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The Merchant of Venice- Critical Evaluation

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THE MERCHANT OF VENICE - Critical Evaluation William Shakespeare's play "The Merchant of Venice" is based on a simple enough plot, but it gives a more complex view of the characters involved. It portrays each characters attitude, opinions and actions and shows how they affect the other characters. Shylock is perhaps the most noteworthy character. He is centred on most of the play's events. Throughout the play he is portrayed as both a villain and a victim and is used to emphasise a number of the play's themes such as greed, revenge, prejudice and racism. The play begins with Antonio, the merchant of the play's title, being unable to repay a bond he had taken on behalf of his friend Bassanio, to the Jewish moneylender Shylock. ...read more.


There are many aspects that portray Shylock as a villain. The fact that he lives in a Christian society, yet still he has a deep hatred of Christians and in particular Antonio is the most obvious aspect: "How like a fawning publican he looks/ I hate him for he is a Christian" His hatred for Antonio is shown at the end of the play when his intent on Antonio's life is shown as well as his desire for revenge: "I will have my bond" At the beginning of the play his devious and cunning side is portrayed when he hides his hatred for Antonio behind his proposed friendship. His cunning side is again portrayed at the end of the play when he expects to be shown mercy by the Christians yet he has shown no mercy to ...read more.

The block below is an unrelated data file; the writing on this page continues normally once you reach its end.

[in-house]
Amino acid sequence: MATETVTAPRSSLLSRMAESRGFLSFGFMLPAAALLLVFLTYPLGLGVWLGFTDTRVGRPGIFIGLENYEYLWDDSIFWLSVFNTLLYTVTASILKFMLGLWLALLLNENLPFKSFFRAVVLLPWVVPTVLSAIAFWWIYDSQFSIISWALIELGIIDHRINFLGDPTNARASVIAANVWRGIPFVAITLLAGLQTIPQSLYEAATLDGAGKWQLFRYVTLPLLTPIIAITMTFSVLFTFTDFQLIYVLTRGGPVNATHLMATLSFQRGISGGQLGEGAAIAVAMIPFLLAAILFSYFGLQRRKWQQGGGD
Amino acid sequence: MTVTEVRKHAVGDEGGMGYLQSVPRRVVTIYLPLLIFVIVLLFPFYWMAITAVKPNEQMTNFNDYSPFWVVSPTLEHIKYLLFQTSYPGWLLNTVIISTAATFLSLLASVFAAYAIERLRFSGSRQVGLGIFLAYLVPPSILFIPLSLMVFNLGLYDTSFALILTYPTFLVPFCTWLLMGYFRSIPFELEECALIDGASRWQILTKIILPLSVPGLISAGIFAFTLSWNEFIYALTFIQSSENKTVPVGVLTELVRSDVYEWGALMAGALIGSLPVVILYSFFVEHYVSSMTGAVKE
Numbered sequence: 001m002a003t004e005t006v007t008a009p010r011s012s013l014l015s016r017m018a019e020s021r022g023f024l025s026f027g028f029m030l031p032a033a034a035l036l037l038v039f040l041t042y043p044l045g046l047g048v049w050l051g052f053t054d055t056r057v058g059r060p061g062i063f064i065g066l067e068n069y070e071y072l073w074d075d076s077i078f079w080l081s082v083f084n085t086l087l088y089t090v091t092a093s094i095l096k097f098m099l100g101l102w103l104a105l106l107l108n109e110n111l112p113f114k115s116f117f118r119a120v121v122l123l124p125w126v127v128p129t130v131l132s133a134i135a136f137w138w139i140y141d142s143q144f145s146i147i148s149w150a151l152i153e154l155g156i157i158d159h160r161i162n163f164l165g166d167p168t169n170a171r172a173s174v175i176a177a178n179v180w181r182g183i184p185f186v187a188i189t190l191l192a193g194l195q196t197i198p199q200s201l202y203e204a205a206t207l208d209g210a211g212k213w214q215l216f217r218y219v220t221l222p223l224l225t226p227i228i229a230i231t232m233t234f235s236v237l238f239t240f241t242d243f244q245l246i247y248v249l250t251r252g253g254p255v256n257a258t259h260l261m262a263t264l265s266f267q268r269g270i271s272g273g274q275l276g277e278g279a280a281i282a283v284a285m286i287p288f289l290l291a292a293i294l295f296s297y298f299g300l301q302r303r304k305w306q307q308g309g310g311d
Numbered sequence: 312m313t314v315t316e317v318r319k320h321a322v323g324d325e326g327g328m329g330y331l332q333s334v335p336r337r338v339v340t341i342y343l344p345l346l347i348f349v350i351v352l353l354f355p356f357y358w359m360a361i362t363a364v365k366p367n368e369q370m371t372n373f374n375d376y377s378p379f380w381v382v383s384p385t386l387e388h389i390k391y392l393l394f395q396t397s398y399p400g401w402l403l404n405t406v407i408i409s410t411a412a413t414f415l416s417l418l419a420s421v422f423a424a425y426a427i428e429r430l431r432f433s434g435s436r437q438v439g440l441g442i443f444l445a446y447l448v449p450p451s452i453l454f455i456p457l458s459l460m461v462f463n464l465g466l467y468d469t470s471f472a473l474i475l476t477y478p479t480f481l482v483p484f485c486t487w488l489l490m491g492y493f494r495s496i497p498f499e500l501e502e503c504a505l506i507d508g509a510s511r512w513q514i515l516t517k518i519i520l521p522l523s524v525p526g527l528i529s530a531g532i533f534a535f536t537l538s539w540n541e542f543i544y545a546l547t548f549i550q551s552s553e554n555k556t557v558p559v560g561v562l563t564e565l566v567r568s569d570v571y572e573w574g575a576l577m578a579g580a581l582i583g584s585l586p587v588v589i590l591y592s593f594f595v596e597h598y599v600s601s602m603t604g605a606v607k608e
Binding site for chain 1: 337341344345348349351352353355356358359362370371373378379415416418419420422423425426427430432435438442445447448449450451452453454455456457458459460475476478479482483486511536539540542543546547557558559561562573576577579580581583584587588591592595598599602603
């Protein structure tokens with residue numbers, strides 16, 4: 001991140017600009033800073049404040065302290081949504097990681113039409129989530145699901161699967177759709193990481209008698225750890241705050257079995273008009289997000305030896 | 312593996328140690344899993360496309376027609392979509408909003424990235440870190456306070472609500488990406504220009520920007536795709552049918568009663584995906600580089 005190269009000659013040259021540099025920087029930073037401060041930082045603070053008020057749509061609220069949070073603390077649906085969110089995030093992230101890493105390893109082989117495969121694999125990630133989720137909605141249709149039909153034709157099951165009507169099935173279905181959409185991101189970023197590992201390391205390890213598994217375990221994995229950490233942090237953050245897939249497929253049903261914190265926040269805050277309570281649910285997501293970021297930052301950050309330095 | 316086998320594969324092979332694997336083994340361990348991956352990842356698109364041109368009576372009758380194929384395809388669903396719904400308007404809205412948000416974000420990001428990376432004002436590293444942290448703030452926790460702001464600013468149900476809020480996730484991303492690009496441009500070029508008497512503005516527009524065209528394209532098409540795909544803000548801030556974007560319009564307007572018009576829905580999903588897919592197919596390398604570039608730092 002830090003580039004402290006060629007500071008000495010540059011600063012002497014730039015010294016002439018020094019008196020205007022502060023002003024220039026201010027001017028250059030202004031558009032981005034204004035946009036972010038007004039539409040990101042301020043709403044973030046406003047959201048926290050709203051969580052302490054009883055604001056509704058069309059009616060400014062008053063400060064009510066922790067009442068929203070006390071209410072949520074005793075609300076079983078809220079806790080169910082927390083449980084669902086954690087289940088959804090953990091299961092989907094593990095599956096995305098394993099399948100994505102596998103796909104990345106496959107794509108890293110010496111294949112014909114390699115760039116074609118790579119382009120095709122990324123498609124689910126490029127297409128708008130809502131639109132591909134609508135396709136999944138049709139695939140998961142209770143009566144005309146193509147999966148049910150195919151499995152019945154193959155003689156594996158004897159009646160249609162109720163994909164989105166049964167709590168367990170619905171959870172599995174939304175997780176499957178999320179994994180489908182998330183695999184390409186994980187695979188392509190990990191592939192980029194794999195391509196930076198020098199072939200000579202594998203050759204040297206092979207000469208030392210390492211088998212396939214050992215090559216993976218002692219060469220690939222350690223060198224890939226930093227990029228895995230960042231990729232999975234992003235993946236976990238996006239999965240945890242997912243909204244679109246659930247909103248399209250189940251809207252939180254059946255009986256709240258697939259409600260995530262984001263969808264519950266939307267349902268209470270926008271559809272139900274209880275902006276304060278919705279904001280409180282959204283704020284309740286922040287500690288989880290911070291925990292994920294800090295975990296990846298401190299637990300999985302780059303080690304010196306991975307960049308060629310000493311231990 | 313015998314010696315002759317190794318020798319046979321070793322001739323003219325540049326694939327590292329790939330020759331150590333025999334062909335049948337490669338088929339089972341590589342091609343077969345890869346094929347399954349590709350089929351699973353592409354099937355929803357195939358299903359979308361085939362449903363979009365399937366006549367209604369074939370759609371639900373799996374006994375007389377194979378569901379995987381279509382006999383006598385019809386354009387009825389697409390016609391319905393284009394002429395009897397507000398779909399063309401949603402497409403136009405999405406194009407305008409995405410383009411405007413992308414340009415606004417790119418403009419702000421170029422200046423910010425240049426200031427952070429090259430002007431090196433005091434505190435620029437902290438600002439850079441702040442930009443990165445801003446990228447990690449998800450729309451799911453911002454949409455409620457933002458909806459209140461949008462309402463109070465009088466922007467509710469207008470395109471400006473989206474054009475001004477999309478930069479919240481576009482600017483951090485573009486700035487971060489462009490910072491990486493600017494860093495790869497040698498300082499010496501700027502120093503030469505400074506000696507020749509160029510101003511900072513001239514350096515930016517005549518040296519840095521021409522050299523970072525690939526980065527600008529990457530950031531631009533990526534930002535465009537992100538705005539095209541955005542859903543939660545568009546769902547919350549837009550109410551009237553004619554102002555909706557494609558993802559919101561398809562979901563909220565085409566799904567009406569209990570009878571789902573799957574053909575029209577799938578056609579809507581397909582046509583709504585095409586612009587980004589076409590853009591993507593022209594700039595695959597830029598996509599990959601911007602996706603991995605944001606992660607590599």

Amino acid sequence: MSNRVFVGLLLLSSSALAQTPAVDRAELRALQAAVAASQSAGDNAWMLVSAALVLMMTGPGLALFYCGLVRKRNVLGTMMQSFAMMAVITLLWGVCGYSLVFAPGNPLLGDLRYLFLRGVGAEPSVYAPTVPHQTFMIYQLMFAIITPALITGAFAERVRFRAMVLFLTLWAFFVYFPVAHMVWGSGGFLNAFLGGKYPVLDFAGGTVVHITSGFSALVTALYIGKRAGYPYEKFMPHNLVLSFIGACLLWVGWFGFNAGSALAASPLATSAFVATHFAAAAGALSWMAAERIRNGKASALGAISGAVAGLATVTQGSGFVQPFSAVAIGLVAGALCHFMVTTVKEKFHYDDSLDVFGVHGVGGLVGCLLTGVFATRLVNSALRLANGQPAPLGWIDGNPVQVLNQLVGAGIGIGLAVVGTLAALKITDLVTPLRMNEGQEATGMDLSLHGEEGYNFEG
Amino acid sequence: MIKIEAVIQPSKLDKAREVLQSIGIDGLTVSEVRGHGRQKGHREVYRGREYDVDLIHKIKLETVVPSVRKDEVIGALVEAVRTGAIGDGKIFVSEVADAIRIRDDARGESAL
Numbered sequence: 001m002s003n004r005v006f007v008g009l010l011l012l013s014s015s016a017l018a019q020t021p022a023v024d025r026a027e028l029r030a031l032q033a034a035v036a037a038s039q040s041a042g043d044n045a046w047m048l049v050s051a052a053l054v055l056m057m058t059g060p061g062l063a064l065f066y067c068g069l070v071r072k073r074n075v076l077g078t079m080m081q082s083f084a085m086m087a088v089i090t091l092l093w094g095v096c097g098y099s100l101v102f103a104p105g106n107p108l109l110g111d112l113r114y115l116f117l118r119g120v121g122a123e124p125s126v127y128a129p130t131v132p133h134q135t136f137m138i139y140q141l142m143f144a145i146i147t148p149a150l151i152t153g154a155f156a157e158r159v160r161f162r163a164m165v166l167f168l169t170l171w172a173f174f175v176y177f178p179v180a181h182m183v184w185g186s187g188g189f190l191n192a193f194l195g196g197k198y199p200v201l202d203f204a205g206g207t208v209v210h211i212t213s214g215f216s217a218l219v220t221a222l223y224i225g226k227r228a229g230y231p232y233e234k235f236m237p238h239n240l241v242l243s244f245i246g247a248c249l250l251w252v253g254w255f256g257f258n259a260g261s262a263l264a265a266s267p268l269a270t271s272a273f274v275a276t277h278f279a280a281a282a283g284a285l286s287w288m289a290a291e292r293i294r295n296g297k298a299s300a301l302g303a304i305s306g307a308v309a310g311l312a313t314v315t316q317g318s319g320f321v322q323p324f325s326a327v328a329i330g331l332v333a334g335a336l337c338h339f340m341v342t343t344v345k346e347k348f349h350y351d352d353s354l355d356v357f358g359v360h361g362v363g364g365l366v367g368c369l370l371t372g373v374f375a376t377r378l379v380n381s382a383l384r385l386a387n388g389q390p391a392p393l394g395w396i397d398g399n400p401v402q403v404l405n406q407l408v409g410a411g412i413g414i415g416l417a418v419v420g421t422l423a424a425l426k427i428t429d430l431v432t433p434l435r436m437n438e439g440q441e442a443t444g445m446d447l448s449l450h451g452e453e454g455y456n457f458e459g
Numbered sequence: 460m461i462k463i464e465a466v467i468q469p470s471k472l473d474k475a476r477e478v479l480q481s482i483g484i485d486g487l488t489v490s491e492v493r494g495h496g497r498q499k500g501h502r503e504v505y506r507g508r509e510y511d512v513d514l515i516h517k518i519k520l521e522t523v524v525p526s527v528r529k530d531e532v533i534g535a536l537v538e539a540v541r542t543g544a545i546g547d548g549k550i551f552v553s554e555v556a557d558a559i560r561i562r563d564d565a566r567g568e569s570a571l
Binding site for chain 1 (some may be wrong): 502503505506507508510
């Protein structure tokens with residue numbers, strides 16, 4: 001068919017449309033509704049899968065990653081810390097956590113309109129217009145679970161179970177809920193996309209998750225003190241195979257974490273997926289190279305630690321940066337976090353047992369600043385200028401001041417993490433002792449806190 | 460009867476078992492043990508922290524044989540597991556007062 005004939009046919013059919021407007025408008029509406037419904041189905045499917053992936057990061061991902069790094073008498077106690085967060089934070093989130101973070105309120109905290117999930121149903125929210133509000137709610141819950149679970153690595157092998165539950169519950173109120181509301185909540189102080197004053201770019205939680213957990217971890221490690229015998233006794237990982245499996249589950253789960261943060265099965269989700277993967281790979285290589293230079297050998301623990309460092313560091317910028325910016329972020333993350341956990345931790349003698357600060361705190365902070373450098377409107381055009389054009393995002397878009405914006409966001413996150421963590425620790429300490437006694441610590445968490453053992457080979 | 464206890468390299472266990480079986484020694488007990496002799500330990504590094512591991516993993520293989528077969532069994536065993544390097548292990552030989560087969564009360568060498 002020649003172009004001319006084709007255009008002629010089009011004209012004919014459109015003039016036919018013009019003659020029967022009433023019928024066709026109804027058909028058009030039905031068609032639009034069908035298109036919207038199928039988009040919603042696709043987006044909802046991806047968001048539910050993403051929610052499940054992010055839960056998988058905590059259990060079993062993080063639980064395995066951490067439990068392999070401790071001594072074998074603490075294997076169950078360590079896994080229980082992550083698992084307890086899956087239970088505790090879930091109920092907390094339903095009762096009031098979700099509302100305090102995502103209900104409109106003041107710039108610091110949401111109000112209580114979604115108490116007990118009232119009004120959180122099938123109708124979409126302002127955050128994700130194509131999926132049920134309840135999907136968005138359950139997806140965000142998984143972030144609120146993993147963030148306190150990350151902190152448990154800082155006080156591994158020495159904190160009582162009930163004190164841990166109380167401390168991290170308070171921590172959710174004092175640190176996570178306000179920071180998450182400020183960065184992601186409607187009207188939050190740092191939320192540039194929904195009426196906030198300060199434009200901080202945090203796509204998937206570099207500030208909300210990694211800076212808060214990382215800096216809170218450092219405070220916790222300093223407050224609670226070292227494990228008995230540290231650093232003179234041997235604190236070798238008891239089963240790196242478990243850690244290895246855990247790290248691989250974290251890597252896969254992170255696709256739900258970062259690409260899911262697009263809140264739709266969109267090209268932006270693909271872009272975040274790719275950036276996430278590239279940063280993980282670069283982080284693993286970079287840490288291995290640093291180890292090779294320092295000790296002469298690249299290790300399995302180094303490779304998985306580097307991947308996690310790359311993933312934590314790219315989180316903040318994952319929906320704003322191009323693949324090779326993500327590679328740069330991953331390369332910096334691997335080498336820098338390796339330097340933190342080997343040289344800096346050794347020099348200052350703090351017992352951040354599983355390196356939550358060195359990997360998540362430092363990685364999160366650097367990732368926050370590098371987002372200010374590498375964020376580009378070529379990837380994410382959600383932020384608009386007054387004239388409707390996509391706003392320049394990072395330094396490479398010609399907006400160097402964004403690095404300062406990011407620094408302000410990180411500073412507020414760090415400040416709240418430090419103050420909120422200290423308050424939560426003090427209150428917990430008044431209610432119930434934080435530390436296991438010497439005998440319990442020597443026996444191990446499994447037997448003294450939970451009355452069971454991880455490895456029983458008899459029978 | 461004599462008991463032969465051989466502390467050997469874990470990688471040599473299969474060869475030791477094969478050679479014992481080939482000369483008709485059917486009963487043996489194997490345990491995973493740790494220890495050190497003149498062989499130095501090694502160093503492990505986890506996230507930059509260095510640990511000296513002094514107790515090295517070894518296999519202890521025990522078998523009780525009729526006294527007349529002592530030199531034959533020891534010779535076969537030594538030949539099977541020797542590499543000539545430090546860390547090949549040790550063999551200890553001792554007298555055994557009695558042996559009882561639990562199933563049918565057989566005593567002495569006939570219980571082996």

He often has to defend his Jewish beliefs and is a social outcast because of them: "If you prick us do we not bleed?" Solanio and Solerio mock him at every opportunity, due to their racist views, particularly when his daughter runs away taking some of his wealth. At the end of the play when Shylock is forced to lose all that he has worked for, including his religion, he is most definitely seen as a victim of Christian prejudice. These events also show that Shylock is not the only character plagued with greed and revenge. Ultimately, I think Shylock was intended to be a villain simply because there was no other character who could have taken the needed role. However, I also think that Shylock's oppressed status as a Jew shows the racism and prejudice that occurred in a Christian society as well as challenging the pre-conceptions and ideologies of Christian rule at that time. ...read more.

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